With so much happening last summer, including his wedding, Mayfield wasn’t able to put as much time into his conditioning. By design, he also added weight to help him withstand the punishment of an NFL season, and to his credit, Mayfield has now started more consecutive games than any Browns quarterback since 1999.
But that extra weight also sapped his quickness and his ability to evade tacklers and scramble outside the pocket last season. Mayfield was sacked more often per passing attempt than any quarterback in the AFC. On top of that, Mayfield was fighting nagging injuries, which prevented him from working out as much he hoped.
“I was heavier than I was ever playing before,” he said. “I needed to be able to have the scrambling ability and to be able to move in the pocket.” Mobility is a requisite in Stefanski’s offense, which relies on a quarterback’s ability to roll out off play-action.
“As the quarterback of this team, you are the standard and you are what people follow, and I think he understands that now. We are ready to help him push that standard.”
Joel Bitonio on Mayfield
After the season, Mayfield altered his diet to rely on his wife’s healthy home cooking, dishes they often post on Instagram. He committed to working with a nutritionist and a trainer. And when he arrived to camp, he had added four pounds of lean mass and cut his body fat. Beckham proclaimed this week that Mayfield even “has like four-pack” abs now.
“Physically, he did a hell of a job in the offseason of getting ready,” Van Pelt said. “A lot of that is leaning down, losing a little bit of weight, and that is going to help him as far as his movement skills go. All the work that he has put in the offseason is definitely showing up on the field now in training camp.”
The talent surrounding Mayfield on offense is undeniable. ESPN recently ranked Cleveland’s running back unit No. 1 in the league, its wide receivers fifth, its offensive line sixth and its tight ends seventh.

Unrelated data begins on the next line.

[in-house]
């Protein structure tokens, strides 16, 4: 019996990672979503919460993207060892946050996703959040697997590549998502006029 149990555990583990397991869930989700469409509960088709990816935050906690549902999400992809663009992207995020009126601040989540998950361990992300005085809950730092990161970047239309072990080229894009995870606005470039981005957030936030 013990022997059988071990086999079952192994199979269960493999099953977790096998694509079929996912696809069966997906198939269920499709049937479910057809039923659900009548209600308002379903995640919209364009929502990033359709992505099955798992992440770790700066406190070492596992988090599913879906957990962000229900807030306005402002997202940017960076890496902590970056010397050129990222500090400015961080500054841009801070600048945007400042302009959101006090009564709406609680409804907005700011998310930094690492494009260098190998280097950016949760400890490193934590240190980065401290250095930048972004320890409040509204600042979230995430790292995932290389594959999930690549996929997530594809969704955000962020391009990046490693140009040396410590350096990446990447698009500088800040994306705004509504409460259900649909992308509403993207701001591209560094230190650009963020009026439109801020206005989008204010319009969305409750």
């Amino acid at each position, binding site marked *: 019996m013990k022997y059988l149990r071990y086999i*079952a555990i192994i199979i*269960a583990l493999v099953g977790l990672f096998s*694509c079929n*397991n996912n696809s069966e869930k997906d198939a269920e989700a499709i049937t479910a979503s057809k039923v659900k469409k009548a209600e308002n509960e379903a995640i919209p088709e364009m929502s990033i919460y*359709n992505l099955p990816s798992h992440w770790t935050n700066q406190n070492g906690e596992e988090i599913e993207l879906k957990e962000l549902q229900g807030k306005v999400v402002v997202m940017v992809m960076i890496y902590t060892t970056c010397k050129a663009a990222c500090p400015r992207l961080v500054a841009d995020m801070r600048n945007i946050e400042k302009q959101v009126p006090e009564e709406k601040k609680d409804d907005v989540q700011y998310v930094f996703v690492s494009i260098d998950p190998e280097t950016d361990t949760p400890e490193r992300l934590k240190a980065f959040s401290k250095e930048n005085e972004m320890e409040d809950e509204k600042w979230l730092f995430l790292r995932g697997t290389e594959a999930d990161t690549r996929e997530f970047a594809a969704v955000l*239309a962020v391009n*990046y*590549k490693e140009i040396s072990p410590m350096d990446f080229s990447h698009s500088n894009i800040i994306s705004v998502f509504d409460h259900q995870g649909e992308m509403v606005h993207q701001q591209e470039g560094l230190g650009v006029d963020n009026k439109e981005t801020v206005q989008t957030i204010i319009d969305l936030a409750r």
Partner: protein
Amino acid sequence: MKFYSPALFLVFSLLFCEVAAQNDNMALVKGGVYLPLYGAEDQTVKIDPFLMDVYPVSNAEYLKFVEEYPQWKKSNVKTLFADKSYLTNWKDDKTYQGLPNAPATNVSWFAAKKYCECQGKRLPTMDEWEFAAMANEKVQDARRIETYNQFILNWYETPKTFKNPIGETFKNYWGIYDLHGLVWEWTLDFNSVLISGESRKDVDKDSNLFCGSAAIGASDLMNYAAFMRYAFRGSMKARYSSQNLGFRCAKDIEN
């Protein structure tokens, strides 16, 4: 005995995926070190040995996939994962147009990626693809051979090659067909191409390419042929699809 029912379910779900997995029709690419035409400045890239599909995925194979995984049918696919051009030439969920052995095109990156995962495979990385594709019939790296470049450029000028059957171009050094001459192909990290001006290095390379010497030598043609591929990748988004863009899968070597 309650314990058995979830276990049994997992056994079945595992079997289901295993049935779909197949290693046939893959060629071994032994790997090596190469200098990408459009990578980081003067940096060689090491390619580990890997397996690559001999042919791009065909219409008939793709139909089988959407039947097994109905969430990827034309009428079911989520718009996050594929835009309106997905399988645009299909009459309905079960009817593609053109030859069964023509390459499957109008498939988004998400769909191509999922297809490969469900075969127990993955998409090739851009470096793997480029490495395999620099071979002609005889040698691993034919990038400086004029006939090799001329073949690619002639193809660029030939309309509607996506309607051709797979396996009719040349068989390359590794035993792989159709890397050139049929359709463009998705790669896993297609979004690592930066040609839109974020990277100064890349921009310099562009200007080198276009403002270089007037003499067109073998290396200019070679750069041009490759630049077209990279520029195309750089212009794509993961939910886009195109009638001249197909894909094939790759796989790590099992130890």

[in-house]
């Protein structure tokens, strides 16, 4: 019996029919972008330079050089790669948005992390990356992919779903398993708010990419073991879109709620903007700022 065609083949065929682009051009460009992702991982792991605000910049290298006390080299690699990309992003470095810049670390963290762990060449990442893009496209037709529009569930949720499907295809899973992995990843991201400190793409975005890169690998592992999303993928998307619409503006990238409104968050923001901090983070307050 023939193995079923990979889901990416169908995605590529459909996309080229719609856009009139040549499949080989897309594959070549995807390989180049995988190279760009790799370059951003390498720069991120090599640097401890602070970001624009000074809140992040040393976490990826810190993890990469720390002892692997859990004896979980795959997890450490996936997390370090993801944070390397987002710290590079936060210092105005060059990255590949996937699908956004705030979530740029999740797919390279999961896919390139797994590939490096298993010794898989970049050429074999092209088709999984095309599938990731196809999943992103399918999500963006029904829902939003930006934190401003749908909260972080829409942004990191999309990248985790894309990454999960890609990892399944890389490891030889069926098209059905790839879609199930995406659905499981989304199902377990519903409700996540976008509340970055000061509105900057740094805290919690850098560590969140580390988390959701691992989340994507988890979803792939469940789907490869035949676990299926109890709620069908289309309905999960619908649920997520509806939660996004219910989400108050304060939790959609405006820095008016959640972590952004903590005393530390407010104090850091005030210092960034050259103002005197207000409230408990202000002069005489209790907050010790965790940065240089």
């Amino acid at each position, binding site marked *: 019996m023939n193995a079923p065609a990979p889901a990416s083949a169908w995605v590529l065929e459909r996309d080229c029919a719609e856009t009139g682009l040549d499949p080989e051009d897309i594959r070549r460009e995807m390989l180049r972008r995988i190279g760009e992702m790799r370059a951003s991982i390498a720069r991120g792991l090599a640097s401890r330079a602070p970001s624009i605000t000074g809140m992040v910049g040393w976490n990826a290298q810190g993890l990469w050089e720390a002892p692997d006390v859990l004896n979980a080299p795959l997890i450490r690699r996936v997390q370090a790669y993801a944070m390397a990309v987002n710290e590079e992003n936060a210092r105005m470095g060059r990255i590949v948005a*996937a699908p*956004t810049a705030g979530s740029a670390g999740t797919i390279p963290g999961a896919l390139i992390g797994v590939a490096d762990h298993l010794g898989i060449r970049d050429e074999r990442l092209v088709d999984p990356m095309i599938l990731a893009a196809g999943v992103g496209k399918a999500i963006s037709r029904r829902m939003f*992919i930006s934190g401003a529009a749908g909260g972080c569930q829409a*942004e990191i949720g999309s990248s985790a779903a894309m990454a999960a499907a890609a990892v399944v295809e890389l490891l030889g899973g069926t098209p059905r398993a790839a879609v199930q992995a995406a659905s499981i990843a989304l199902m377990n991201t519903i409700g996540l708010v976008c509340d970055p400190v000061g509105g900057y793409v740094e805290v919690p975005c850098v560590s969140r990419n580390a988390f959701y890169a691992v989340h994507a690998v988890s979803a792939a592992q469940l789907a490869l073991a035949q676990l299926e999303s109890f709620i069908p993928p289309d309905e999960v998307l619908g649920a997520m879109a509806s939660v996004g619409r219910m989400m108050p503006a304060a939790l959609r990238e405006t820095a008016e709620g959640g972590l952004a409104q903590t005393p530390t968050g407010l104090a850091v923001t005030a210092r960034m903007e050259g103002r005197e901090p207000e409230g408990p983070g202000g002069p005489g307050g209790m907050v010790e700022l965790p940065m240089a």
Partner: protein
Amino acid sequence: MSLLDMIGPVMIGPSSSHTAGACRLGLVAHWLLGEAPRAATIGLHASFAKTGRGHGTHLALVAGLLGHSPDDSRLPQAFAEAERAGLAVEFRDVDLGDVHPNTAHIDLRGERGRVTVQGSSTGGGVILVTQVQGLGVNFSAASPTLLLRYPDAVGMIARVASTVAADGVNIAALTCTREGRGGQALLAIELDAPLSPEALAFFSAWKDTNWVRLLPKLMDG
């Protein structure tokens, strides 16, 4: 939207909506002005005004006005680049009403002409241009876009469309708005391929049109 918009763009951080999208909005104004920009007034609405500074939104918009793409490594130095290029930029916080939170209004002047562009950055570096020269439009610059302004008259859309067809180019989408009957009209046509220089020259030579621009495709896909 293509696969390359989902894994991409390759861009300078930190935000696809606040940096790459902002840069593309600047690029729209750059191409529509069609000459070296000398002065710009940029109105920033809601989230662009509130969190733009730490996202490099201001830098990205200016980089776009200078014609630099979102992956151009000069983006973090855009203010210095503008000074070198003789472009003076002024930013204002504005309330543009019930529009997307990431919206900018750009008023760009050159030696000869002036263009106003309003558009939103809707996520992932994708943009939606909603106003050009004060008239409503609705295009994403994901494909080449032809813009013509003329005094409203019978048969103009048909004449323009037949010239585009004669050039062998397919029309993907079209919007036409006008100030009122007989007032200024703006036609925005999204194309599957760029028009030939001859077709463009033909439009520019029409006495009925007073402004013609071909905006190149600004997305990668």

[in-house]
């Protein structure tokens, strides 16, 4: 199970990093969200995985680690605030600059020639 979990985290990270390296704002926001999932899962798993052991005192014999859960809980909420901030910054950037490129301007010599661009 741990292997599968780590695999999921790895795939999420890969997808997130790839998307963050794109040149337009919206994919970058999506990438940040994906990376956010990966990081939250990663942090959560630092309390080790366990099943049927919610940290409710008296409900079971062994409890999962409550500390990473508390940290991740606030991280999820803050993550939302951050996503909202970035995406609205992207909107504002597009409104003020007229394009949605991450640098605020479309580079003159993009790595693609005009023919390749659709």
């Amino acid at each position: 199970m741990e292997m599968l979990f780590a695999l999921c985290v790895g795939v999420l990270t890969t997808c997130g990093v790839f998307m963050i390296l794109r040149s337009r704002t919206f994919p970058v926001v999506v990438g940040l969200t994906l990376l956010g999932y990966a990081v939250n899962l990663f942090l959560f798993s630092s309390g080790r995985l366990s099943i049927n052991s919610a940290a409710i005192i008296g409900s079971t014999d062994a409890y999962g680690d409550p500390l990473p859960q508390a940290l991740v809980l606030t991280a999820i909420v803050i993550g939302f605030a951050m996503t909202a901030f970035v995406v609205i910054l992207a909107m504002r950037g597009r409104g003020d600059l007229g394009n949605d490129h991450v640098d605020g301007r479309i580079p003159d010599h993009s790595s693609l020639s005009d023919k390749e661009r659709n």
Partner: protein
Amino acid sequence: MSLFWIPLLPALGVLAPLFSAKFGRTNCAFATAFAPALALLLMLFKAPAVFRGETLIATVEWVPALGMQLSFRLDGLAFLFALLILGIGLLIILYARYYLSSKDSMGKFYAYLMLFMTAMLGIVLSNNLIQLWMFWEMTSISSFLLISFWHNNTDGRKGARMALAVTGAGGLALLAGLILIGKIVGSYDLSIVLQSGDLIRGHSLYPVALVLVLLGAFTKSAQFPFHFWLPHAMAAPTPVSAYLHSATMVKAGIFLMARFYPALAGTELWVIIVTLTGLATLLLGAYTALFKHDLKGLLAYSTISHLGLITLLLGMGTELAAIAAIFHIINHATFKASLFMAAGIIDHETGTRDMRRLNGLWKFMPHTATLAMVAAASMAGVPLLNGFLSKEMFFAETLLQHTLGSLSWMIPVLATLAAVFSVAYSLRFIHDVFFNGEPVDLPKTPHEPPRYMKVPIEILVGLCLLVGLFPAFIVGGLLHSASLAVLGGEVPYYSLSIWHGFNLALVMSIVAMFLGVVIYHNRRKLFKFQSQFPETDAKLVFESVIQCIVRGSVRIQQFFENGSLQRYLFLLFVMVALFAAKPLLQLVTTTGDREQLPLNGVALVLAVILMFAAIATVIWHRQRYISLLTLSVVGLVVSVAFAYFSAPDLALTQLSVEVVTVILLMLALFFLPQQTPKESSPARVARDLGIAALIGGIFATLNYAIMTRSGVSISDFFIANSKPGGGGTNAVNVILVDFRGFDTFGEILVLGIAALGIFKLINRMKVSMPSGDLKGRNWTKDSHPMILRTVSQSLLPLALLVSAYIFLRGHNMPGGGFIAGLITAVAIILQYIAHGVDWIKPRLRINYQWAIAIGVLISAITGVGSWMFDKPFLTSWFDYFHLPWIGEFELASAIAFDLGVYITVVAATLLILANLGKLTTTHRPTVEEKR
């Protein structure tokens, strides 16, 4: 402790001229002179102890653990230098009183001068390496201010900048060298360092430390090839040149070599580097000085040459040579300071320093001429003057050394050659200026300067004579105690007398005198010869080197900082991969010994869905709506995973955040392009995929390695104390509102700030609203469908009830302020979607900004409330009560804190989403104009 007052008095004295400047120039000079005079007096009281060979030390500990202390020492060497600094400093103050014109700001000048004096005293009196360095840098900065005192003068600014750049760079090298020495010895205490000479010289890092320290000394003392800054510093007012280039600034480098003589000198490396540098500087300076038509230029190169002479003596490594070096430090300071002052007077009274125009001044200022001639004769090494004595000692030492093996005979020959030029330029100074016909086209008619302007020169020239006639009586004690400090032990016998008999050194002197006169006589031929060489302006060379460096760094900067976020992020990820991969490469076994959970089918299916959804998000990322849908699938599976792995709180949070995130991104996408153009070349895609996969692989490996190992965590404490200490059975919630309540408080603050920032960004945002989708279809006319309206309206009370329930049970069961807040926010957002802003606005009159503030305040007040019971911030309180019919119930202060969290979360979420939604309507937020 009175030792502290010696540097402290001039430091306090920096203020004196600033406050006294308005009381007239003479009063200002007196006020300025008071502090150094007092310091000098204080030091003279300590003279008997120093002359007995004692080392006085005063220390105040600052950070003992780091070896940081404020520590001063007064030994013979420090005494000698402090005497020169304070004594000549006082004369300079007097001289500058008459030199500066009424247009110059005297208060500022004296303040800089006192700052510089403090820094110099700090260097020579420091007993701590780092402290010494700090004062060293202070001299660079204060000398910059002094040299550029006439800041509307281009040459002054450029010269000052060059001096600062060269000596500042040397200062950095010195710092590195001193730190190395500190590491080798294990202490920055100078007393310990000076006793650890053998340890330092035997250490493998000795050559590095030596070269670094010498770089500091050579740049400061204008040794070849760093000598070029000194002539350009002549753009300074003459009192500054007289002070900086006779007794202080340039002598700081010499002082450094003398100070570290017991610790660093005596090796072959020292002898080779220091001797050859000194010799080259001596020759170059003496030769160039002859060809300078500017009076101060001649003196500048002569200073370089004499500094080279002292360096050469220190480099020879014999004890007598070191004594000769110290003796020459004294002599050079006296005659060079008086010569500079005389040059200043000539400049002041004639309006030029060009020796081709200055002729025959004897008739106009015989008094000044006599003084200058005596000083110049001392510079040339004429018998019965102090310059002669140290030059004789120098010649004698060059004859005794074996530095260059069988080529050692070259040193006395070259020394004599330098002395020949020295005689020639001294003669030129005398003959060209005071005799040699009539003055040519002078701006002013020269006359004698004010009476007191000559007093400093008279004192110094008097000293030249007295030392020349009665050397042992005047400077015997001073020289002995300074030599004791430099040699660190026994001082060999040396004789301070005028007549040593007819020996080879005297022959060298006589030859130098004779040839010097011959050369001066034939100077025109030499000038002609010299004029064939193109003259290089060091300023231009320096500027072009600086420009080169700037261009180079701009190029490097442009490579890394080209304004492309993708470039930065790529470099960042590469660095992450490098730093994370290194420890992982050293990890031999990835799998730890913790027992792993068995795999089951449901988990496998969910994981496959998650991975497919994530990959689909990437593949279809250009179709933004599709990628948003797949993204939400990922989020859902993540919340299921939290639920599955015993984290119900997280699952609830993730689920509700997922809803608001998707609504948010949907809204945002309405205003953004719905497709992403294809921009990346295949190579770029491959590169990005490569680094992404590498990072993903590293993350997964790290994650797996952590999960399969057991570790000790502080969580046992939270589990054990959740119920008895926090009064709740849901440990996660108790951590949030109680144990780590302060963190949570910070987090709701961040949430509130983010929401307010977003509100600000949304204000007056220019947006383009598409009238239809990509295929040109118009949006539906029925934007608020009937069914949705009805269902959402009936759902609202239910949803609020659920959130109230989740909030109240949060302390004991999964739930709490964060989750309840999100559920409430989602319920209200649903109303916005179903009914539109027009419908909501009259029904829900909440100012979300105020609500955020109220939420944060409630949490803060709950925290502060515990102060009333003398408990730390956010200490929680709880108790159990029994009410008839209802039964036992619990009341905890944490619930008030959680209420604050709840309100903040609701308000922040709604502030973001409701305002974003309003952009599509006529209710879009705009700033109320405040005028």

The biggest looming question is whether Mayfield can make it all work in Stefanski’s system, which figures to begin with making it work with Beckham.
After then-general manager John Dorsey traded for Beckham last spring, the Browns became one of the heaviest bet-on teams to win the Super Bowl in Las Vegas. But together, the pairing failed to sniff its own expectations. And while Mayfield and Beckham always had each other’s back in the media, the two struggled to find a rapport on the field. Beckham’s sports hernia injury, suffered in training camp, prevented them from developing their chemistry in practice.
Playing through the injury, Beckham ranked 15th in the NFL with 132 targets, but just 131st in receptions per target, with a catch rate of only 56%. The duo’s failure to get on the same page culminated in a loss at Denver in November. On a game-deciding fourth-and-4, Mayfield was criticized for not throwing to Beckham, who had dashed open along the sideline. Although neither Mayfield nor Beckham has commented on it, Mayfield had been expecting Beckham to run a mesh route across the middle of the field and cross paths with Landry, according to multiple sources from last year’s team. Mayfield still tried to squeeze the ball to Landry, but the pass fell incomplete, dropping the Browns to 2-6 while turning their playoff aspirations into a long shot.